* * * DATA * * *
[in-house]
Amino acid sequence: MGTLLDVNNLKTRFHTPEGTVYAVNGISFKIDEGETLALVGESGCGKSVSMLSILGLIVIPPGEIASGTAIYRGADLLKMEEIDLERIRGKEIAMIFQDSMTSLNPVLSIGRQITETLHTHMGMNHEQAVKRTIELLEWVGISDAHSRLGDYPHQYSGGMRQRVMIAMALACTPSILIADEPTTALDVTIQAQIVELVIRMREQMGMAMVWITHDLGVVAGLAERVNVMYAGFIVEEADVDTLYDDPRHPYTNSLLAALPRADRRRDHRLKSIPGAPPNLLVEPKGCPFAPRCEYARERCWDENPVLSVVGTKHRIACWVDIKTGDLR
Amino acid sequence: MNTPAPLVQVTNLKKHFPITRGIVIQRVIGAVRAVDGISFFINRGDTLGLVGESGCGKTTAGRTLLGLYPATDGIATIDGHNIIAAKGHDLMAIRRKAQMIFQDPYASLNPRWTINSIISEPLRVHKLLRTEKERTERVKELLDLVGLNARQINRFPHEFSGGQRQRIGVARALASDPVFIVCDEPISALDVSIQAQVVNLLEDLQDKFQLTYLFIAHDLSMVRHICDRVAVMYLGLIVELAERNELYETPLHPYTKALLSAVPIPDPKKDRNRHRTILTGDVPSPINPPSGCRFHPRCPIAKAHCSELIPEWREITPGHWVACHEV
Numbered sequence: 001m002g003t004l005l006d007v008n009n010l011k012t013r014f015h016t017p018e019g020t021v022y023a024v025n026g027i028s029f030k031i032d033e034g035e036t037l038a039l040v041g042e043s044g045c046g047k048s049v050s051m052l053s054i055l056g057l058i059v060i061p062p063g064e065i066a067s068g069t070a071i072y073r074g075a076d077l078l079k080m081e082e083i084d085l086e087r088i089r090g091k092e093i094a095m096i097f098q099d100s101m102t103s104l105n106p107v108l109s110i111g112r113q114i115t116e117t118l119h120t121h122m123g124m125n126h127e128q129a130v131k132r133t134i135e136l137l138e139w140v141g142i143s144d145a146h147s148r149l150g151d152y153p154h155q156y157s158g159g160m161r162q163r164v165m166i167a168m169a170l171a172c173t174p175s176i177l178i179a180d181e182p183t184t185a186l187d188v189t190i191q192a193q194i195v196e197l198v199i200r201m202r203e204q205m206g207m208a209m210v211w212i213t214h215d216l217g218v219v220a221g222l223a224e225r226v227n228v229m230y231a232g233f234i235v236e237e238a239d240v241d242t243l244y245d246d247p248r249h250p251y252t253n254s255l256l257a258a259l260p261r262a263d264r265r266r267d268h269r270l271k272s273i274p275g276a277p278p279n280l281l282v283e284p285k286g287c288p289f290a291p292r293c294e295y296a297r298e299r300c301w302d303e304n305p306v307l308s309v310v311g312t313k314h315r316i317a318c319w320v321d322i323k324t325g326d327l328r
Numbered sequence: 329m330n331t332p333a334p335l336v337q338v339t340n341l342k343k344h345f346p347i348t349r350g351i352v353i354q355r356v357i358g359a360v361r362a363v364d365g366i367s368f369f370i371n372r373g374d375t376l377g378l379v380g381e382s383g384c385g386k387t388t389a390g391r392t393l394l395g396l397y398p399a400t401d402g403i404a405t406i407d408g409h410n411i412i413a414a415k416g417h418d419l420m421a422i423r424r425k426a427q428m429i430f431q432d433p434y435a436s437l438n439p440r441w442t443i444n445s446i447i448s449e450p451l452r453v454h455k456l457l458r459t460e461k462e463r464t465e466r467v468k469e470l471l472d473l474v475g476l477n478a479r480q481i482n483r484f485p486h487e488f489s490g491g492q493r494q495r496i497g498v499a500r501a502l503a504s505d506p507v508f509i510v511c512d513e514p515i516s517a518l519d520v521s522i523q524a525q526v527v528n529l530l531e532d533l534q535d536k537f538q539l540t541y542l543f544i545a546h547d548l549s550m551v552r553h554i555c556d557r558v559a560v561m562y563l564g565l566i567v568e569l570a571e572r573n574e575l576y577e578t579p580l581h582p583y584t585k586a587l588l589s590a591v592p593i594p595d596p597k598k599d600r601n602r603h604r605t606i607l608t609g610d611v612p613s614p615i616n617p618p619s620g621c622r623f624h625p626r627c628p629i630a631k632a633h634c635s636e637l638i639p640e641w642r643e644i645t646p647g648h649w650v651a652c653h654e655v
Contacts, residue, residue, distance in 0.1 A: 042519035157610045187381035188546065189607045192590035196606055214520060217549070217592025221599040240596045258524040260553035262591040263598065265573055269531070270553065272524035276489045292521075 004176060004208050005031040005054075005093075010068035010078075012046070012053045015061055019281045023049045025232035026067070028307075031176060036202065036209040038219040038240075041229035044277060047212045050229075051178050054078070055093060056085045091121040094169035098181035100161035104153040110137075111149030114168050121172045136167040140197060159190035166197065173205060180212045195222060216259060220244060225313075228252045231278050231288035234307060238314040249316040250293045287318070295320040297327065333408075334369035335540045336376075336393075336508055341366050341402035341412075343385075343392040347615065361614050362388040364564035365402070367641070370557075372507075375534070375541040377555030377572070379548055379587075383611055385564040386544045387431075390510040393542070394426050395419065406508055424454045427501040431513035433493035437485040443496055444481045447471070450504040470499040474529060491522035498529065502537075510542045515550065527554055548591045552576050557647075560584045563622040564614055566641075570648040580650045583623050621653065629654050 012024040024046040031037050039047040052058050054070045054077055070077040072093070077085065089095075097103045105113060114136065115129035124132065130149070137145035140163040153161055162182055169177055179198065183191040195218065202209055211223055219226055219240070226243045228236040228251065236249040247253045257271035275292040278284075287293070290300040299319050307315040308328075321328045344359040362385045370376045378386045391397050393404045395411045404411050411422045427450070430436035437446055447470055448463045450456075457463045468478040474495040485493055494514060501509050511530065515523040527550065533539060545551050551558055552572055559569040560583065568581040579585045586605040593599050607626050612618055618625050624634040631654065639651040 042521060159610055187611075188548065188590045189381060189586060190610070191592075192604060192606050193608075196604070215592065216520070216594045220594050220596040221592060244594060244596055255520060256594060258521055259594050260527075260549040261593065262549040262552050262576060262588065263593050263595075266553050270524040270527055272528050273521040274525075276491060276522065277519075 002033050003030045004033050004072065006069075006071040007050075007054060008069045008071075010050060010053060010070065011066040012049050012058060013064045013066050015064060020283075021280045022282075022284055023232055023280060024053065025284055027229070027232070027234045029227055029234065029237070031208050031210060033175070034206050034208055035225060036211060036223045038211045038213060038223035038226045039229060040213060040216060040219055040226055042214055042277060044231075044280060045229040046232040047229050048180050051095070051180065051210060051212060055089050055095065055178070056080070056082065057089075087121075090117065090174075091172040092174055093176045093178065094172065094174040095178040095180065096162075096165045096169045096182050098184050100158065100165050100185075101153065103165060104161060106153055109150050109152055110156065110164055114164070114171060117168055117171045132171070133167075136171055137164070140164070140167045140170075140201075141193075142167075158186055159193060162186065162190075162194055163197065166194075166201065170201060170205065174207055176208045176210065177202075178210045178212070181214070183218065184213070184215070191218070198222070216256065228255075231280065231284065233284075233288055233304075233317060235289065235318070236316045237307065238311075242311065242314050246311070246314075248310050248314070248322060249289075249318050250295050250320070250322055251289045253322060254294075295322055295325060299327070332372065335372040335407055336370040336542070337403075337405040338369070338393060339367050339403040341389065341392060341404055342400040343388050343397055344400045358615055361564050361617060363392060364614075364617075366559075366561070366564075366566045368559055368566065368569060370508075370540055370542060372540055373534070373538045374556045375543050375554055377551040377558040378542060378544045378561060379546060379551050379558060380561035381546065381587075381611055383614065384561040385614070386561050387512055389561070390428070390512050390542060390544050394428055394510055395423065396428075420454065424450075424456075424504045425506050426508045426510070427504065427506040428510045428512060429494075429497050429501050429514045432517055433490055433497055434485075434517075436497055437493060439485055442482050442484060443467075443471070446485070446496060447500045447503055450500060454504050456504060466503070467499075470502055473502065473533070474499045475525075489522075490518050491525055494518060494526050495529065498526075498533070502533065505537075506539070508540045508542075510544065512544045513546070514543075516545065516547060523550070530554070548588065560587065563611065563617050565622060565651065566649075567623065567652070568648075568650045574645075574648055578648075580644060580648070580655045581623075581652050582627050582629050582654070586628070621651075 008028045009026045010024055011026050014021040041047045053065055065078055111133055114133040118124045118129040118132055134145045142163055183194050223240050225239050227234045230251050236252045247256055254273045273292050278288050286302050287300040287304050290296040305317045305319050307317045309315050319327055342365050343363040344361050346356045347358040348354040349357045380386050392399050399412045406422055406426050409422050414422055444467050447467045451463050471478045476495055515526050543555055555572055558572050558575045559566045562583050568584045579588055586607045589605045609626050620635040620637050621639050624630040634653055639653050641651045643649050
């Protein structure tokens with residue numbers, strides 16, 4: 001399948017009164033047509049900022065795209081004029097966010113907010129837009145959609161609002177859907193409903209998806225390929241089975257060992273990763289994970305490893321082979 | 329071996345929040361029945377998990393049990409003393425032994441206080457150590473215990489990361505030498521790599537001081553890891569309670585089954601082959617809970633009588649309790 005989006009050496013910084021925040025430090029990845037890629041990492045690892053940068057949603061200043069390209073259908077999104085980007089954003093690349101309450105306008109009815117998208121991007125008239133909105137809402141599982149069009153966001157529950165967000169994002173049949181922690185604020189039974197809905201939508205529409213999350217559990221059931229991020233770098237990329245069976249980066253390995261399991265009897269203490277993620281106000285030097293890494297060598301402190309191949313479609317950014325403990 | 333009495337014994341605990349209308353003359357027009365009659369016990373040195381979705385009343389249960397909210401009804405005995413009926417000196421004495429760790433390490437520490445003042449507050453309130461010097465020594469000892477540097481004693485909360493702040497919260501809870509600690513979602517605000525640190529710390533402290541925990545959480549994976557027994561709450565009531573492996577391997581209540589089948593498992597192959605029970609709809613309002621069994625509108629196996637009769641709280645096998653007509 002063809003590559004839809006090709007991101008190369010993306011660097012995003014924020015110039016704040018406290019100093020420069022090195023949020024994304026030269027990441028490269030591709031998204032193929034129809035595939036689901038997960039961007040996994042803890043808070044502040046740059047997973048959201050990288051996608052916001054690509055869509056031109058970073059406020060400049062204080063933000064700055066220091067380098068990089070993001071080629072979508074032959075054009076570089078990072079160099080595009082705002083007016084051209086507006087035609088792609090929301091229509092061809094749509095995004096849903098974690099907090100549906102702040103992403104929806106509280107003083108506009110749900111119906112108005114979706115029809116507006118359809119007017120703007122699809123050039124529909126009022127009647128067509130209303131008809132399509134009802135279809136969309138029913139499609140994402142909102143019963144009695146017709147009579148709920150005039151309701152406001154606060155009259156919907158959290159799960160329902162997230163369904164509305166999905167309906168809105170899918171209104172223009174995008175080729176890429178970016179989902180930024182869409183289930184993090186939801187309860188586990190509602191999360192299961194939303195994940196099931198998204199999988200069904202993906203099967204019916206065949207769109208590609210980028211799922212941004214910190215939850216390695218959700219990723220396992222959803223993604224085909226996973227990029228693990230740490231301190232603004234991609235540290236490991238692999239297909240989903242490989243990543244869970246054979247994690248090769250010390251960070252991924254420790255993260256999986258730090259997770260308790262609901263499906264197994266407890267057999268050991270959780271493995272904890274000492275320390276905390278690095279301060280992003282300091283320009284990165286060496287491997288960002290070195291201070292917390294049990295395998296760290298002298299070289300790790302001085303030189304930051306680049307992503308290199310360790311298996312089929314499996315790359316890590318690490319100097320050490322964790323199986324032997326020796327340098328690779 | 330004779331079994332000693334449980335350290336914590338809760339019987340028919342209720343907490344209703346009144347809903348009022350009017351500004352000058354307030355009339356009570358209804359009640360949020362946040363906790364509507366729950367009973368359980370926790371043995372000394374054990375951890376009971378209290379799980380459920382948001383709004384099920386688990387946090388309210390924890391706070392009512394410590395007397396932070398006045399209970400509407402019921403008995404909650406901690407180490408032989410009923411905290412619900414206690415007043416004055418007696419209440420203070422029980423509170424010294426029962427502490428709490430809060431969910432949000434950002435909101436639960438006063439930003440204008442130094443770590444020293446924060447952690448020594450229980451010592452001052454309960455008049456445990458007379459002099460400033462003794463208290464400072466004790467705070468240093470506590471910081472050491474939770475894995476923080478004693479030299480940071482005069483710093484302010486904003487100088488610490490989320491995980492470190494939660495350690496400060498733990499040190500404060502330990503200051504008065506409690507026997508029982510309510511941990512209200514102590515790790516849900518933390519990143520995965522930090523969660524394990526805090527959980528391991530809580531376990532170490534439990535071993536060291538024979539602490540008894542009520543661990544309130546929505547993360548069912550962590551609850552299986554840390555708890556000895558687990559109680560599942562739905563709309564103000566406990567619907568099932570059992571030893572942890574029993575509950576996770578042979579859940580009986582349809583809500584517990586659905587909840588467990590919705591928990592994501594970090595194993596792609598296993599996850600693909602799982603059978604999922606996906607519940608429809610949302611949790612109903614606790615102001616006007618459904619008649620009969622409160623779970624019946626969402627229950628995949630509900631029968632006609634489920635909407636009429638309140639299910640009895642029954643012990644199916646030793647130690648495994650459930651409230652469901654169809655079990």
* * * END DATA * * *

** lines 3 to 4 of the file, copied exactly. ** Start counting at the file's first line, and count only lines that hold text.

Amino acid sequence: MNTPAPLVQVTNLKKHFPITRGIVIQRVIGAVRAVDGISFFINRGDTLGLVGESGCGKTTAGRTLLGLYPATDGIATIDGHNIIAAKGHDLMAIRRKAQMIFQDPYASLNPRWTINSIISEPLRVHKLLRTEKERTERVKELLDLVGLNARQINRFPHEFSGGQRQRIGVARALASDPVFIVCDEPISALDVSIQAQVVNLLEDLQDKFQLTYLFIAHDLSMVRHICDRVAVMYLGLIVELAERNELYETPLHPYTKALLSAVPIPDPKKDRNRHRTILTGDVPSPINPPSGCRFHPRCPIAKAHCSELIPEWREITPGHWVACHEV
Numbered sequence: 001m002g003t004l005l006d007v008n009n010l011k012t013r014f015h016t017p018e019g020t021v022y023a024v025n026g027i028s029f030k031i032d033e034g035e036t037l038a039l040v041g042e043s044g045c046g047k048s049v050s051m052l053s054i055l056g057l058i059v060i061p062p063g064e065i066a067s068g069t070a071i072y073r074g075a076d077l078l079k080m081e082e083i084d085l086e087r088i089r090g091k092e093i094a095m096i097f098q099d100s101m102t103s104l105n106p107v108l109s110i111g112r113q114i115t116e117t118l119h120t121h122m123g124m125n126h127e128q129a130v131k132r133t134i135e136l137l138e139w140v141g142i143s144d145a146h147s148r149l150g151d152y153p154h155q156y157s158g159g160m161r162q163r164v165m166i167a168m169a170l171a172c173t174p175s176i177l178i179a180d181e182p183t184t185a186l187d188v189t190i191q192a193q194i195v196e197l198v199i200r201m202r203e204q205m206g207m208a209m210v211w212i213t214h215d216l217g218v219v220a221g222l223a224e225r226v227n228v229m230y231a232g233f234i235v236e237e238a239d240v241d242t243l244y245d246d247p248r249h250p251y252t253n254s255l256l257a258a259l260p261r262a263d264r265r266r267d268h269r270l271k272s273i274p275g276a277p278p279n280l281l282v283e284p285k286g287c288p289f290a291p292r293c294e295y296a297r298e299r300c301w302d303e304n305p306v307l308s309v310v311g312t313k314h315r316i317a318c319w320v321d322i323k324t325g326d327l328r